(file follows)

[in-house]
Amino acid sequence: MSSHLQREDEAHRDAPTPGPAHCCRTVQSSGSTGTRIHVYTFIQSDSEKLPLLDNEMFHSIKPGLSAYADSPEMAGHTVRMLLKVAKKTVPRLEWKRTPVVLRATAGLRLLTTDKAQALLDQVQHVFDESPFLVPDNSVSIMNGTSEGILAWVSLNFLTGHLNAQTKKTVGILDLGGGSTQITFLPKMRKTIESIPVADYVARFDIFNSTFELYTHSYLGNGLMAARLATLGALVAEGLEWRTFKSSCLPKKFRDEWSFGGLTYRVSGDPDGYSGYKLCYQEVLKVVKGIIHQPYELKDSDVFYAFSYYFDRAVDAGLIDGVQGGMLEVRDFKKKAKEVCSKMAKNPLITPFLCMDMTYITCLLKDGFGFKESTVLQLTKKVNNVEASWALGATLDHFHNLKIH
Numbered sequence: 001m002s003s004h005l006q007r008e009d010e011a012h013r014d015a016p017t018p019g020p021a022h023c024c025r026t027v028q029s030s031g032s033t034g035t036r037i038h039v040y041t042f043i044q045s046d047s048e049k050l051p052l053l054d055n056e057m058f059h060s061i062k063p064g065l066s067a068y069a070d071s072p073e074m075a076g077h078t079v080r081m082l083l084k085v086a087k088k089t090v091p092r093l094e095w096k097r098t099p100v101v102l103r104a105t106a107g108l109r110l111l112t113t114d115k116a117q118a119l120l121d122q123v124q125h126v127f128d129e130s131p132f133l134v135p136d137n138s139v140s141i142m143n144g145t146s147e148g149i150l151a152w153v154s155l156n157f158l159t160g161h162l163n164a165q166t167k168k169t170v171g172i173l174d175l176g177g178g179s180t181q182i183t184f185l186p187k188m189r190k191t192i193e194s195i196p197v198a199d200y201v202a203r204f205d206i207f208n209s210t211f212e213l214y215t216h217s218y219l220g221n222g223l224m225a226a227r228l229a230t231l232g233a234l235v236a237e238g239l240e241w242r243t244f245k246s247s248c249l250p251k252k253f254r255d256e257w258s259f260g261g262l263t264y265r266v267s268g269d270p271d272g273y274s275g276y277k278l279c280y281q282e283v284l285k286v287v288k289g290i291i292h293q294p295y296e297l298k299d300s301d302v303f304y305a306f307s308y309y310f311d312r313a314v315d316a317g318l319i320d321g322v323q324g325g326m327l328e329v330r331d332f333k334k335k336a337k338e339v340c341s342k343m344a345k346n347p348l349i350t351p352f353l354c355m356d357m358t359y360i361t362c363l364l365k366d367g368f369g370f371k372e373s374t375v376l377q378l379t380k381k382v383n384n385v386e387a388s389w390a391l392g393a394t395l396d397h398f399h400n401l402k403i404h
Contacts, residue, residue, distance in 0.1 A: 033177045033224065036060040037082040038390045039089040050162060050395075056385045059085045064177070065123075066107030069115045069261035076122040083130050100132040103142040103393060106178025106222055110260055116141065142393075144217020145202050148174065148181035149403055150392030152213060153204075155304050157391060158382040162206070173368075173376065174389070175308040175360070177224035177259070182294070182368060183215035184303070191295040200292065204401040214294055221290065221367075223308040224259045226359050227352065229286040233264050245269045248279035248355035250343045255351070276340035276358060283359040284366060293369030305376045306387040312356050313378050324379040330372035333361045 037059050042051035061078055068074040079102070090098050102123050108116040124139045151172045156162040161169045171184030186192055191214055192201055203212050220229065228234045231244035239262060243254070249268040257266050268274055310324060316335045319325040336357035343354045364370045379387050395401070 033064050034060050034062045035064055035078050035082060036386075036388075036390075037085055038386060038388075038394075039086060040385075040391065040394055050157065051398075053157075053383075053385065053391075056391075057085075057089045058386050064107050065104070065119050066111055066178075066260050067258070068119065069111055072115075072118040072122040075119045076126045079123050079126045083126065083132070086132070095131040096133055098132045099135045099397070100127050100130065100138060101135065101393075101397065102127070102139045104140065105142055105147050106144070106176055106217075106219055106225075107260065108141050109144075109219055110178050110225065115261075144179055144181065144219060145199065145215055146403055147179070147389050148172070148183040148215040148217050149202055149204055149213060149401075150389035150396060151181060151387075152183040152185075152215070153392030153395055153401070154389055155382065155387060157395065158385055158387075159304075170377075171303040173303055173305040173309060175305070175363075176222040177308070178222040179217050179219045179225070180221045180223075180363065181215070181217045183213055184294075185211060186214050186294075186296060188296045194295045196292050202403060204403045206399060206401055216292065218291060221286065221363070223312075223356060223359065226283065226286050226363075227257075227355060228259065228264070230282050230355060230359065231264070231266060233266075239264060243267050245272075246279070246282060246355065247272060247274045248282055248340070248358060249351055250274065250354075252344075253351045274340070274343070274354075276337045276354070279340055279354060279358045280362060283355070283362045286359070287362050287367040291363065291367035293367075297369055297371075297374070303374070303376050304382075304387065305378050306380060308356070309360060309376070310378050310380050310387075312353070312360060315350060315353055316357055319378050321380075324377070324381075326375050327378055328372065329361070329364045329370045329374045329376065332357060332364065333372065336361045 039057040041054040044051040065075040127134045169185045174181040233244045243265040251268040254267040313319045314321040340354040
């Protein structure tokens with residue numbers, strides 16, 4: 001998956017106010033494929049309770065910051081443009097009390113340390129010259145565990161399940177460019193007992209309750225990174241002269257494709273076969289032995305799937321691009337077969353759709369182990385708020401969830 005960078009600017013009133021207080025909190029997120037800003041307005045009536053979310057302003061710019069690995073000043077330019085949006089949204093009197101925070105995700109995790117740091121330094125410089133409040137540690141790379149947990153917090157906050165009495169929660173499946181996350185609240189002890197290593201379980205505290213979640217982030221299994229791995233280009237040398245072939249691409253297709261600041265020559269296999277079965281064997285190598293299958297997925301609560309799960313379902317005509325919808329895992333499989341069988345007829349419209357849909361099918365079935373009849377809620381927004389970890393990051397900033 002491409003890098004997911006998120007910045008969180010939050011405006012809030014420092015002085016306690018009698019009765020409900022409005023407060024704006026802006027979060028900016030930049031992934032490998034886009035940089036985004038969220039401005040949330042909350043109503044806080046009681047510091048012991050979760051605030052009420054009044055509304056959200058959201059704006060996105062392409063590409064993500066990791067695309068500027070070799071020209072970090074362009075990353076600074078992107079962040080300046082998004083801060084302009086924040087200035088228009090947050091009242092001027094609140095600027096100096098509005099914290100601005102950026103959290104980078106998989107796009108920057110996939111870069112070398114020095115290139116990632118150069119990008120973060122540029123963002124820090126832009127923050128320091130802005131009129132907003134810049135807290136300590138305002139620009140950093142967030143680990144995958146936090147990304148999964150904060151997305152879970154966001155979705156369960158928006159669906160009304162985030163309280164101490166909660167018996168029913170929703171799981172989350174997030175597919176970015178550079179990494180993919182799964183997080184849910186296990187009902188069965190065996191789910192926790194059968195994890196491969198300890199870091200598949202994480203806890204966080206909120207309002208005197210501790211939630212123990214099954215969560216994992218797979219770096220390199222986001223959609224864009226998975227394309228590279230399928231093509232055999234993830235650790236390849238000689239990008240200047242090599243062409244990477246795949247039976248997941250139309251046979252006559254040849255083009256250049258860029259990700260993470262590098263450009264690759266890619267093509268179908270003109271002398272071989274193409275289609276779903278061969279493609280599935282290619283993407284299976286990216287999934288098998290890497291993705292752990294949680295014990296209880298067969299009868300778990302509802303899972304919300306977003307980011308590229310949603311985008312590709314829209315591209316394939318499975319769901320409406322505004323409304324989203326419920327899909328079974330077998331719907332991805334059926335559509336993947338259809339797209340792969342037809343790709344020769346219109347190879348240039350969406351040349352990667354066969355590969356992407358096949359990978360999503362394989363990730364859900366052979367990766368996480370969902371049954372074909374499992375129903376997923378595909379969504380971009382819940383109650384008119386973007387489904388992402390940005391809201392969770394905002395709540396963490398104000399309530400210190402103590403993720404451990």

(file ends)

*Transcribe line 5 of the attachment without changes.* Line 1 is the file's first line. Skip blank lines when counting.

């Protein structure tokens with residue numbers, strides 16, 4: 001998956017106010033494929049309770065910051081443009097009390113340390129010259145565990161399940177460019193007992209309750225990174241002269257494709273076969289032995305799937321691009337077969353759709369182990385708020401969830 005960078009600017013009133021207080025909190029997120037800003041307005045009536053979310057302003061710019069690995073000043077330019085949006089949204093009197101925070105995700109995790117740091121330094125410089133409040137540690141790379149947990153917090157906050165009495169929660173499946181996350185609240189002890197290593201379980205505290213979640217982030221299994229791995233280009237040398245072939249691409253297709261600041265020559269296999277079965281064997285190598293299958297997925301609560309799960313379902317005509325919808329895992333499989341069988345007829349419209357849909361099918365079935373009849377809620381927004389970890393990051397900033 002491409003890098004997911006998120007910045008969180010939050011405006012809030014420092015002085016306690018009698019009765020409900022409005023407060024704006026802006027979060028900016030930049031992934032490998034886009035940089036985004038969220039401005040949330042909350043109503044806080046009681047510091048012991050979760051605030052009420054009044055509304056959200058959201059704006060996105062392409063590409064993500066990791067695309068500027070070799071020209072970090074362009075990353076600074078992107079962040080300046082998004083801060084302009086924040087200035088228009090947050091009242092001027094609140095600027096100096098509005099914290100601005102950026103959290104980078106998989107796009108920057110996939111870069112070398114020095115290139116990632118150069119990008120973060122540029123963002124820090126832009127923050128320091130802005131009129132907003134810049135807290136300590138305002139620009140950093142967030143680990144995958146936090147990304148999964150904060151997305152879970154966001155979705156369960158928006159669906160009304162985030163309280164101490166909660167018996168029913170929703171799981172989350174997030175597919176970015178550079179990494180993919182799964183997080184849910186296990187009902188069965190065996191789910192926790194059968195994890196491969198300890199870091200598949202994480203806890204966080206909120207309002208005197210501790211939630212123990214099954215969560216994992218797979219770096220390199222986001223959609224864009226998975227394309228590279230399928231093509232055999234993830235650790236390849238000689239990008240200047242090599243062409244990477246795949247039976248997941250139309251046979252006559254040849255083009256250049258860029259990700260993470262590098263450009264690759266890619267093509268179908270003109271002398272071989274193409275289609276779903278061969279493609280599935282290619283993407284299976286990216287999934288098998290890497291993705292752990294949680295014990296209880298067969299009868300778990302509802303899972304919300306977003307980011308590229310949603311985008312590709314829209315591209316394939318499975319769901320409406322505004323409304324989203326419920327899909328079974330077998331719907332991805334059926335559509336993947338259809339797209340792969342037809343790709344020769346219109347190879348240039350969406351040349352990667354066969355590969356992407358096949359990978360999503362394989363990730364859900366052979367990766368996480370969902371049954372074909374499992375129903376997923378595909379969504380971009382819940383109650384008119386973007387489904388992402390940005391809201392969770394905002395709540396963490398104000399309530400210190402103590403993720404451990």